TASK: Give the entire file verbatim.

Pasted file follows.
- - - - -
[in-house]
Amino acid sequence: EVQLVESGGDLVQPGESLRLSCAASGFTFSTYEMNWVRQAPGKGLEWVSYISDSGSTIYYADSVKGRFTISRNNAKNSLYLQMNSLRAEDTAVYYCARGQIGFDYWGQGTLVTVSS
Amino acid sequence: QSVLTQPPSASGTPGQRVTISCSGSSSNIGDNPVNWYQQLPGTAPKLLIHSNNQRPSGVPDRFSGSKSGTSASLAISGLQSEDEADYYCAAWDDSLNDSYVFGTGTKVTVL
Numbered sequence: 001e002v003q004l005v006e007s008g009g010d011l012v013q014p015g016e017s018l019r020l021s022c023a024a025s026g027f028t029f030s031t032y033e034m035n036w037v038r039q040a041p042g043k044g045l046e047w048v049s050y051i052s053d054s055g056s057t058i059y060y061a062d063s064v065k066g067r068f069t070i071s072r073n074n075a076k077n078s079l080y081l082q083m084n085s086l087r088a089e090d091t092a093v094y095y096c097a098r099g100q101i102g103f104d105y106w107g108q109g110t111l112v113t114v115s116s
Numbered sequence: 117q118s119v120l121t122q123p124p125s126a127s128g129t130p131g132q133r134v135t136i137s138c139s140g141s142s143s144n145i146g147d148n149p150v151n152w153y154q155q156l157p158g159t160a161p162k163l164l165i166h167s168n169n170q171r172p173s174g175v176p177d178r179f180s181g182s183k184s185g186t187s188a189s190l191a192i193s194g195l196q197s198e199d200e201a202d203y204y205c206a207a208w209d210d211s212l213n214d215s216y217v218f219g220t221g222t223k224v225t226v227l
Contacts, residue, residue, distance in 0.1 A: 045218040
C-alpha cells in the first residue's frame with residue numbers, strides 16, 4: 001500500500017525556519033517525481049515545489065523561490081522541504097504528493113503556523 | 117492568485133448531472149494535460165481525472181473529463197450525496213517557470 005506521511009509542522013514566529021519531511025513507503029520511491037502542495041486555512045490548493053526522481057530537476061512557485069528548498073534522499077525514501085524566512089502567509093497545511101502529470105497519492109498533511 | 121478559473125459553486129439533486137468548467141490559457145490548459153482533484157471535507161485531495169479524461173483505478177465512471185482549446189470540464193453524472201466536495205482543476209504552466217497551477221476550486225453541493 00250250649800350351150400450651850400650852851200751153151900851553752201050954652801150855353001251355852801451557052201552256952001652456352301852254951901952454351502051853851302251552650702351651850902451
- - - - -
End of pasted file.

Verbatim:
[in-house]
Amino acid sequence: EVQLVESGGDLVQPGESLRLSCAASGFTFSTYEMNWVRQAPGKGLEWVSYISDSGSTIYYADSVKGRFTISRNNAKNSLYLQMNSLRAEDTAVYYCARGQIGFDYWGQGTLVTVSS
Amino acid sequence: QSVLTQPPSASGTPGQRVTISCSGSSSNIGDNPVNWYQQLPGTAPKLLIHSNNQRPSGVPDRFSGSKSGTSASLAISGLQSEDEADYYCAAWDDSLNDSYVFGTGTKVTVL
Numbered sequence: 001e002v003q004l005v006e007s008g009g010d011l012v013q014p015g016e017s018l019r020l021s022c023a024a025s026g027f028t029f030s031t032y033e034m035n036w037v038r039q040a041p042g043k044g045l046e047w048v049s050y051i052s053d054s055g056s057t058i059y060y061a062d063s064v065k066g067r068f069t070i071s072r073n074n075a076k077n078s079l080y081l082q083m084n085s086l087r088a089e090d091t092a093v094y095y096c097a098r099g100q101i102g103f104d105y106w107g108q109g110t111l112v113t114v115s116s
Numbered sequence: 117q118s119v120l121t122q123p124p125s126a127s128g129t130p131g132q133r134v135t136i137s138c139s140g141s142s143s144n145i146g147d148n149p150v151n152w153y154q155q156l157p158g159t160a161p162k163l164l165i166h167s168n169n170q171r172p173s174g175v176p177d178r179f180s181g182s183k184s185g186t187s188a189s190l191a192i193s194g195l196q197s198e199d200e201a202d203y204y205c206a207a208w209d210d211s212l213n214d215s216y217v218f219g220t221g222t223k224v225t226v227l
Contacts, residue, residue, distance in 0.1 A: 045218040
C-alpha cells in the first residue's frame with residue numbers, strides 16, 4: 001500500500017525556519033517525481049515545489065523561490081522541504097504528493113503556523 | 117492568485133448531472149494535460165481525472181473529463197450525496213517557470 005506521511009509542522013514566529021519531511025513507503029520511491037502542495041486555512045490548493053526522481057530537476061512557485069528548498073534522499077525514501085524566512089502567509093497545511101502529470105497519492109498533511 | 121478559473125459553486129439533486137468548467141490559457145490548459153482533484157471535507161485531495169479524461173483505478177465512471185482549446189470540464193453524472201466536495205482543476209504552466217497551477221476550486225453541493 00250250649800350351150400450651850400650852851200751153151900851553752201050954652801150855353001251355852801451557052201552256952001652456352301852254951901952454351502051853851302251552650702351651850902451